Welcome to the fifth of six tastings, Merlot, for a back to wine basics series. Merlot is something of the middle child between Pinot Noir and Cabernet Sauvignon. While not necessarily a perfect moderate, it does offer something of a balance, producing full bodied, low tannin wines that typically channel flavors of plum, bitter chocolate, and tea leaves. Merlot can run the gambit of wines, producing everything from inexpensive quaffers to serious, world class contenders. It is sometimes favored over bigger wines like Cabernet Sauvignon due to it’s lower tannin level (which is also sometimes why the two are blended). While the best hail from Bordeaux in France, Napa in California, and Washington, there are also interesting, sleek Merlots being produced in New York’s Long Island region, and good value for money from South America.
With that it mind, it only seemed appropriate to pick up a contender from Napa, and see what Merlot can do. To represent, 2010 Alterra Merlot will take the reins. Will it hold on to win a spot as the recommended tasting wine for those new to wine our back to wine basics series, or will it get bucked off.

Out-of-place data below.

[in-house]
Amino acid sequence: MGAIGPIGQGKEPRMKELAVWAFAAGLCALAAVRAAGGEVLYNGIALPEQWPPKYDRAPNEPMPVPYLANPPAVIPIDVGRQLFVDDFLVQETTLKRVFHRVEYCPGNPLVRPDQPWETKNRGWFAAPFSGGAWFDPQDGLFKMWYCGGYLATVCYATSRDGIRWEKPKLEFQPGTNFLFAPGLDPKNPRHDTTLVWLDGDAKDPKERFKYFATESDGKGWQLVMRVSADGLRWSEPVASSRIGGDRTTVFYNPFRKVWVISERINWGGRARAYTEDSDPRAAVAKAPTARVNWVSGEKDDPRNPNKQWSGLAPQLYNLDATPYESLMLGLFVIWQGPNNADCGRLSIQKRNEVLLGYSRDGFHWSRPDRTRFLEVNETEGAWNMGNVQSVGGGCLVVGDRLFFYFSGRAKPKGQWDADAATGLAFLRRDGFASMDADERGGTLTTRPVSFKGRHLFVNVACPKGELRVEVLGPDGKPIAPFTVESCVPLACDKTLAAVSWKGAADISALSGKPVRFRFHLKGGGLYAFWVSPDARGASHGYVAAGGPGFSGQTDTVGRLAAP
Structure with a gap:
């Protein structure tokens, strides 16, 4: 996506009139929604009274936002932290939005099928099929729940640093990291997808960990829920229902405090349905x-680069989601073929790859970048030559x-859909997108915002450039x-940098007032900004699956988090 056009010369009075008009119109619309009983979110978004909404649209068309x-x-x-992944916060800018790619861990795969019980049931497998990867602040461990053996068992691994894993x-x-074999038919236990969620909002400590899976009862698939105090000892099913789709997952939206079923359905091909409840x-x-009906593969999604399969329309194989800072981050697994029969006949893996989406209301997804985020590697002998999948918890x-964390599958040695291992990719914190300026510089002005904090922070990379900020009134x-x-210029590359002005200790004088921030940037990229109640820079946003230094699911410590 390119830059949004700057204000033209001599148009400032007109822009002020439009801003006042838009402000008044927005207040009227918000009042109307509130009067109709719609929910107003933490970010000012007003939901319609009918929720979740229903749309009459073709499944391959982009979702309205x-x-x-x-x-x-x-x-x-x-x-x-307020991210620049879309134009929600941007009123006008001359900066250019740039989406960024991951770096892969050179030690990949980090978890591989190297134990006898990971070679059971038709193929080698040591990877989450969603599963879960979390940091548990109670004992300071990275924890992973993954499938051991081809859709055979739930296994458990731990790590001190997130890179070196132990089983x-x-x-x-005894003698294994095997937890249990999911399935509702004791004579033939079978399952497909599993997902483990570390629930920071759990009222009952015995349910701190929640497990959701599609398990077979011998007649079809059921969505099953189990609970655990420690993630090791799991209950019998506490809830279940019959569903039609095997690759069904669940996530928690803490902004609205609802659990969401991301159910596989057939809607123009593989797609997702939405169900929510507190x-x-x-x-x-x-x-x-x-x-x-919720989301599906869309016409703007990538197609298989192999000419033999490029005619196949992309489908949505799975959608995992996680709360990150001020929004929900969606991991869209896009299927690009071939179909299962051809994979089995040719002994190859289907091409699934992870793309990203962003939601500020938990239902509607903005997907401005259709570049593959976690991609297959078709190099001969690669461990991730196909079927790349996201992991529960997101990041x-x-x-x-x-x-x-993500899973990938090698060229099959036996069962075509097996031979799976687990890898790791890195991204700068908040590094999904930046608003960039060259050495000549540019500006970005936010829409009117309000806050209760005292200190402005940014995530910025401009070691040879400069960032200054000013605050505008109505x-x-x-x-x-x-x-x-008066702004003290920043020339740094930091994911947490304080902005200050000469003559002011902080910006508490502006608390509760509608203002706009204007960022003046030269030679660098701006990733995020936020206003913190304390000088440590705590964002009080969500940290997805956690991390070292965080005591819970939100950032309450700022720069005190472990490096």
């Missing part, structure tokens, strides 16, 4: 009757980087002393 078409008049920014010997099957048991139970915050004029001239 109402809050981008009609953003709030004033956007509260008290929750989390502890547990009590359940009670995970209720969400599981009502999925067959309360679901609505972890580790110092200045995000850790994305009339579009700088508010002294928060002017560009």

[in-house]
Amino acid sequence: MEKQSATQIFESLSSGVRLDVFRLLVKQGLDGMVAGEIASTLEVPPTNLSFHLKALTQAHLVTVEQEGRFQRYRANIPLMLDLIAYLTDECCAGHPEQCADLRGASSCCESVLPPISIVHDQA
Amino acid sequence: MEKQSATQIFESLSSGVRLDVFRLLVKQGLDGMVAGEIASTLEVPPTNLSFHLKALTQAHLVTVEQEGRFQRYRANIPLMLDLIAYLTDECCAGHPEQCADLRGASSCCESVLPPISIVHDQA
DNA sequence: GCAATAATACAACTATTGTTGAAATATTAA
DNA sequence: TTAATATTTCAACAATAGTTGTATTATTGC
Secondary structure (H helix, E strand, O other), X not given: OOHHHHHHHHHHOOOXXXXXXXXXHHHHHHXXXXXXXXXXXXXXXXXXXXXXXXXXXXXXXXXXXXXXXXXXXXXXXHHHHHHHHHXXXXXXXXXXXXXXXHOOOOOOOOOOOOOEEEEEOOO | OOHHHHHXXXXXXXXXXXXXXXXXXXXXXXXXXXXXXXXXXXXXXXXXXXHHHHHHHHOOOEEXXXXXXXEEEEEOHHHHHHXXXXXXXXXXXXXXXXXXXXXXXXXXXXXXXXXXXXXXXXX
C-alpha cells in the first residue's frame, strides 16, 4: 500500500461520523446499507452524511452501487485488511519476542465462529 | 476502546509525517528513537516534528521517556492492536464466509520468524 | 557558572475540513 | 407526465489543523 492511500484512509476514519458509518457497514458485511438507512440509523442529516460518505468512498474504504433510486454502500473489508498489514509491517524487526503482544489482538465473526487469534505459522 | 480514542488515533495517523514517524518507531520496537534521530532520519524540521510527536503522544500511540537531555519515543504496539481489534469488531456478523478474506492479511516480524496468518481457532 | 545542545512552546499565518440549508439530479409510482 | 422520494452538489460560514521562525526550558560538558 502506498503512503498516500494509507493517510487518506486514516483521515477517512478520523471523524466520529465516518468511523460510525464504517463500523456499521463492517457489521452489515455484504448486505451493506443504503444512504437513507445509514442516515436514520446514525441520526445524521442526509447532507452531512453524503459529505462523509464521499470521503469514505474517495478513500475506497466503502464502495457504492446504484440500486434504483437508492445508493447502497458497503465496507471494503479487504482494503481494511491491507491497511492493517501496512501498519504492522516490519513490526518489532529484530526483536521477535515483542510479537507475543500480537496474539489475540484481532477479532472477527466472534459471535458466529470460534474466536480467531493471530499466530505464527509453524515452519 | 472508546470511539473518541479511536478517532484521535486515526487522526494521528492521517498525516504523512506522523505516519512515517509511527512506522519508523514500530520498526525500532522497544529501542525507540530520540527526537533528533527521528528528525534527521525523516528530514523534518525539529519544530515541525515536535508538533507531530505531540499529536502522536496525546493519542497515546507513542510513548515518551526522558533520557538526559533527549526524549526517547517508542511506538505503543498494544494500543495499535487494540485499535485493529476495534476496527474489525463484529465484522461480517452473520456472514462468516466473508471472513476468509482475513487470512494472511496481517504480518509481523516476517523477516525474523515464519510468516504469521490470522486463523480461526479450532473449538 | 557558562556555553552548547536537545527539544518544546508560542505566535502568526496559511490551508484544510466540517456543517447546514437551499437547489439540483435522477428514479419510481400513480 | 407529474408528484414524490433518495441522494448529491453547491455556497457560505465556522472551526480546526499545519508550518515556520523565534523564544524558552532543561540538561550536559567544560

Sight: A moderate red, on the duller purple scale, but nice bright pink edges.
Smell: Black cherries and plums mingle, moving slightly toward prune. The smell is a bit hot. There’s a touch of black pepper, dust, and a hint of cocoa powder.
Savor: A subtle sweetness leads, and is persistent through out. It’s a bit on the light side for the alcohol. A brambly berry leads off, but gets wrapped in plum and prune. There is a slight mocha flavor as well. [A.B.V. 13%]
Sip: Rather sweet on the finish for a merlot, a light cherry jello end with a minor game note. It drops off rather quickly.
2010 Alterra Merlot leans sweet for a Merlot. While the base flavors are accurate for a merlot, there’s a sweetness that just makes the experience a little odd. There’s also a bit of a stemmy nature, but nothing out of place for merlot. The mocha is a nice touch, but the whole experience is just a bit neutral, and with a body on the lighter side, slightly underwhelming. Beginners who have a palate more to the sweet side might enjoy this, but for dry merlot drinkers, this wine might be a tepid choice.
Verdict: Sweet plums